Africa and New Orleans became intricately tied a century and a half ago when slaves were permitted to congregate in New Orleans’ Congo Square to play music derived from their native Africa. Those rhythms and dynamics became the core of jazz, America’s first indigenous art form, and the key foundation for American popular music. The continent and the city had a reunion of sorts in the wake of Hurricane Katrina, as American leaders dropped the ball on the city and its black majority – much as the white-dominated West has turned its back on Africa. New Orleans jazz icon Wynton Marsalis examines the relationship in “Congo Square,” a 2006 piece he co-composed with Ghana’s Yacub Addy. Marked by a blend of American jazz and West African drumming, “Congo Square” will be performed by the Jazz at Lincoln Center Orchestra, conducted by Marsalis, and the Ghanaian percussion ensemble Odadaa! The concert, Tuesday, June 26, at the Benedict Music Tent, kicks off a series of event co-presented by the Aspen Music Festival and Jazz Aspen Snowmass.
The immediate impression made by the two new exhibitions at the Aspen Art Museum is a sense of absence. Both German-born Nicole Wermers, whose sculpture-oriented “Masse und Auflösung” is in the downstairs gallery, and Korean-born Koo Jeong-A, who created her installation in the upstairs gallery during her recent residency at the museum, are working with spare elements. But the emphasis on space, light and orientation works its effects on viewers over time. Wermers’ “Palisades” video utilizes a camera aimed at the ceiling; the tour of public buildings offers a perspective that makes us rethink how we move through buildings. In Koo Jeong-A’s installation, the beauty of a piece of marble (from the town of Marble) is revealed through subtle lighting, best seen from a distance. Other pieces of material are placed on the ceiling, on top of beams and in various nooks of the gallery. A reception for the two exhibits will be held Friday, June 29.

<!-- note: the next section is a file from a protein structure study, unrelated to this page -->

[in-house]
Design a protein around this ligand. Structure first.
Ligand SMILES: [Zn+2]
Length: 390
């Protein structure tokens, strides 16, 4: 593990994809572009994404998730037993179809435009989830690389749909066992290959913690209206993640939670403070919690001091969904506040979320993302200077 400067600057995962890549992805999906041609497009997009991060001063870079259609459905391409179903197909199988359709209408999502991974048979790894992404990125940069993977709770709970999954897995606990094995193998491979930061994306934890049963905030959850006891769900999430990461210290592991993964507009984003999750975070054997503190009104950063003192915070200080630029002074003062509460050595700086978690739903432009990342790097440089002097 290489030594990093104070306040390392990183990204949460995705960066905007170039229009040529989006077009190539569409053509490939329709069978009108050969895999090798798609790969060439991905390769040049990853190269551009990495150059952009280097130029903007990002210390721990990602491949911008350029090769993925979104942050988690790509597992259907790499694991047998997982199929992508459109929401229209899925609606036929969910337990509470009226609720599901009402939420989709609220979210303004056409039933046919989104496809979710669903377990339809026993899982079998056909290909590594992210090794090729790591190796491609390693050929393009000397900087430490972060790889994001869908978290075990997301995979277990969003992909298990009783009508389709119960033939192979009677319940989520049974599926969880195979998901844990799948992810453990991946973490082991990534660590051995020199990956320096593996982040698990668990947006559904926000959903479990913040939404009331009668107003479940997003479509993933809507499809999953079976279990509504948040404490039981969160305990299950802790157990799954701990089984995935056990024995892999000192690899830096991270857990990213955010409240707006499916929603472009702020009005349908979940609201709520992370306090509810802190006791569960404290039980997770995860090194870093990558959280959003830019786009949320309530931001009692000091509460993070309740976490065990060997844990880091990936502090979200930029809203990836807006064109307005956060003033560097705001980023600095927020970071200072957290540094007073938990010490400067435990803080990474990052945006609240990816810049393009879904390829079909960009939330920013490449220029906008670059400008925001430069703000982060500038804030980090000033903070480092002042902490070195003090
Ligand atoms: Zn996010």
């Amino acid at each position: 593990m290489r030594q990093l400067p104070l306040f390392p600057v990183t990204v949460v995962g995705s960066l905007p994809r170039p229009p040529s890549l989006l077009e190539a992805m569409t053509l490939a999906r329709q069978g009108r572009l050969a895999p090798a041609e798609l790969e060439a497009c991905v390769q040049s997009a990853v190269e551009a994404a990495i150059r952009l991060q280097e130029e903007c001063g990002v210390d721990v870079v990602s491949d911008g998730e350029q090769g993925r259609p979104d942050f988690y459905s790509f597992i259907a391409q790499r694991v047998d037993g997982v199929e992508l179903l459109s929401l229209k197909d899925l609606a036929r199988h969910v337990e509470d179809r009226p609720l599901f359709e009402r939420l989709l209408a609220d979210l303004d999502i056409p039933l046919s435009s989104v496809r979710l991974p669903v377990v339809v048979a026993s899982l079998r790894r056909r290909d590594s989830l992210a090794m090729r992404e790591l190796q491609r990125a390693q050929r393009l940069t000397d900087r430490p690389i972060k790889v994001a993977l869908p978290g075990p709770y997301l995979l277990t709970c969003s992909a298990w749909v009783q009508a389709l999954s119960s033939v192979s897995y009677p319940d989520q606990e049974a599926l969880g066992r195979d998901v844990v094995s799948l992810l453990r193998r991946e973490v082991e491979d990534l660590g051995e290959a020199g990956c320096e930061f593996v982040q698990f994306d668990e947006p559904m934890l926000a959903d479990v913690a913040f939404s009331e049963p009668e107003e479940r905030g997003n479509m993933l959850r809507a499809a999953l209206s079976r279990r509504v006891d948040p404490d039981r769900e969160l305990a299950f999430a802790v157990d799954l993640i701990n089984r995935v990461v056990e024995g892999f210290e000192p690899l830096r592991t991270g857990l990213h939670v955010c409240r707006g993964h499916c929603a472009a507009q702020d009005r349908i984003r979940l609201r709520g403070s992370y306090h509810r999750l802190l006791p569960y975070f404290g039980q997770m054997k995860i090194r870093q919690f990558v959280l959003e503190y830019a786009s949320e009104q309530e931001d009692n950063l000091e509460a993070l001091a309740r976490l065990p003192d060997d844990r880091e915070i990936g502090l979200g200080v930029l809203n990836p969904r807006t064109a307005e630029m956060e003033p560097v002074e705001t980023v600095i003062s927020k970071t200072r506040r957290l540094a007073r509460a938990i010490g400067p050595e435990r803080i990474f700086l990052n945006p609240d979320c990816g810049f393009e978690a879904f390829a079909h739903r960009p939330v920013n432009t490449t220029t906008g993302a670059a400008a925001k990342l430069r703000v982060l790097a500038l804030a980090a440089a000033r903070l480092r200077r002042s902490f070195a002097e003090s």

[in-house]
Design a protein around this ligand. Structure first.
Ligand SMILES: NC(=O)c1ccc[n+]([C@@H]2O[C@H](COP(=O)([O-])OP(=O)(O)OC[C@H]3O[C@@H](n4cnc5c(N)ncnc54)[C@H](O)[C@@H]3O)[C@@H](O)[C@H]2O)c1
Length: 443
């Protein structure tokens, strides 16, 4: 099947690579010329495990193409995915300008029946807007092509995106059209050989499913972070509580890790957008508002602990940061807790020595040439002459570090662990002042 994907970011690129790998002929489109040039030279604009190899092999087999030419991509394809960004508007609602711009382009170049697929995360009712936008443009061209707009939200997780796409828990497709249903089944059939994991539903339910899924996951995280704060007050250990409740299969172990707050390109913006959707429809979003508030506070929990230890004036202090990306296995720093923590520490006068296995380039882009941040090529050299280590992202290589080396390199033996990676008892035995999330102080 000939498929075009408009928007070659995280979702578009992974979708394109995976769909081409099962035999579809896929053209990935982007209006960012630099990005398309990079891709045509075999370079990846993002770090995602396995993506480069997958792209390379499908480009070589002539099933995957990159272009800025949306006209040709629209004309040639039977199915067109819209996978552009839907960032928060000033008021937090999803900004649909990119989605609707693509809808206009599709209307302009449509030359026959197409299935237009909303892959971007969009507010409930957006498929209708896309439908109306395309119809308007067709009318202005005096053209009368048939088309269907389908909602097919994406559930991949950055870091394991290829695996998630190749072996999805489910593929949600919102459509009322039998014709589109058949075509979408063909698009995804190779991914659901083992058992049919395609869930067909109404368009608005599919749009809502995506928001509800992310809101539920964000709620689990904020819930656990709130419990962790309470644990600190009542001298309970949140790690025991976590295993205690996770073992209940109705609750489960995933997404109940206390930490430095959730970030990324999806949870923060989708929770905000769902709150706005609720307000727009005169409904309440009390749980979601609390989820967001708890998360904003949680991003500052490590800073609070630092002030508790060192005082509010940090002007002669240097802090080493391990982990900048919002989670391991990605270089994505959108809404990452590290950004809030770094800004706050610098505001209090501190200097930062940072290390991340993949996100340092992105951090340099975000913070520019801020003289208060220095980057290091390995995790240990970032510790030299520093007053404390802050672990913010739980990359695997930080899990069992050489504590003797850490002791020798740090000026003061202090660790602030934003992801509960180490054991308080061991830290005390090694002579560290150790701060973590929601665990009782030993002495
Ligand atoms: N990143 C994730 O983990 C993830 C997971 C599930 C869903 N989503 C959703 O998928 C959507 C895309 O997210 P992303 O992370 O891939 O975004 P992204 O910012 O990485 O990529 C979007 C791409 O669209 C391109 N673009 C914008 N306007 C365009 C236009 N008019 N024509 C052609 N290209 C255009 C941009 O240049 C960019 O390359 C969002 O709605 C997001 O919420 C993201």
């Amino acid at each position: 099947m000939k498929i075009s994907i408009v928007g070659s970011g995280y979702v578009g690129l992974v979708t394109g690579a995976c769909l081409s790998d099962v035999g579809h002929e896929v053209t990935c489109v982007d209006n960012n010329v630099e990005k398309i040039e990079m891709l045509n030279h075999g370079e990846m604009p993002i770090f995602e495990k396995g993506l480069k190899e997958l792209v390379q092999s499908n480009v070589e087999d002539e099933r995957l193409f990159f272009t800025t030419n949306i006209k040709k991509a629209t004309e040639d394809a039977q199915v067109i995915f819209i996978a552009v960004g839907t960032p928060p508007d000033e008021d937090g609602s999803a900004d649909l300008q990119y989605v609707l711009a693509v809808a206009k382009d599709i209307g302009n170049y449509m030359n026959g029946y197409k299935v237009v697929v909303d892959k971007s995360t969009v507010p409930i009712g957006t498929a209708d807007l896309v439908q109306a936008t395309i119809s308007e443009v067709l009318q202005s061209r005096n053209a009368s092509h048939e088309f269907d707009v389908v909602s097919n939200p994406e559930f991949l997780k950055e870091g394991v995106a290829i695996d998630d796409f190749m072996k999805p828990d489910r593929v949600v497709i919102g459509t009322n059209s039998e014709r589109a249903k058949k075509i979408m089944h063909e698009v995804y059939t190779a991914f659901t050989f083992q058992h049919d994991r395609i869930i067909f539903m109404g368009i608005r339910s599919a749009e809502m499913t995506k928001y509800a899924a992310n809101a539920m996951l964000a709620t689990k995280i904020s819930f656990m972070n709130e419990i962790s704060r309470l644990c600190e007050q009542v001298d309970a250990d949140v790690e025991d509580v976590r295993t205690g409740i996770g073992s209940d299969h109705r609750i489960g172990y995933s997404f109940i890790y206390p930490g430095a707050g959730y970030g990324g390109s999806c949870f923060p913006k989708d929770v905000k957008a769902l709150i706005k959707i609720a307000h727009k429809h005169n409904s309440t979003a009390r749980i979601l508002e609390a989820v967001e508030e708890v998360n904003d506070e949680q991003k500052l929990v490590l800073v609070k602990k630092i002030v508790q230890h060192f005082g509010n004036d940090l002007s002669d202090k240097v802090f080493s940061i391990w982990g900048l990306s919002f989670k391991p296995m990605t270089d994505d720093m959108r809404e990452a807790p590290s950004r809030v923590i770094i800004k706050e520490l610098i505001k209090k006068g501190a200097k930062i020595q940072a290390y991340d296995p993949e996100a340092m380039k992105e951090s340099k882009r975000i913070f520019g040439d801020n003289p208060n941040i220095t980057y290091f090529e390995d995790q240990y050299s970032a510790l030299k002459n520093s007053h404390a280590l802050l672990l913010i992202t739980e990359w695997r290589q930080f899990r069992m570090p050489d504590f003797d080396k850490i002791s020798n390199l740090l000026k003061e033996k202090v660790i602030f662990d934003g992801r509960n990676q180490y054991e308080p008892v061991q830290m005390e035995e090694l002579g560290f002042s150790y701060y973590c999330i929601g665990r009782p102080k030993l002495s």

Once upon a time, at the dawn of the genre that came to be known as alt-country, there was Uncle Tupelo, an Illinois band led by singer-songwriters Jeff Tweedy and Jay Farrar. After four influential albums, the group broke into two factions: Tweedy made experimental rock in Wilco, while Farrar founded Son Volt. Despite earning the tag of being Wilco’s rootsier (and less heralded) sibling, Farrar has not lacked for covering new ground. On last year’s “Death Songs for the Living,” by his side project Gob Iron, Farrar made a chilling, appealing update of early American folk music. And on Son Volt’s latest, “The Search,” the band opened up the texture to horns and more exuberant sounds. Son Volt makes its local debut Saturday, June 30 in Snowmass Village’s Massive Music & Movies event, with one-man jam band Keller Williams opening.
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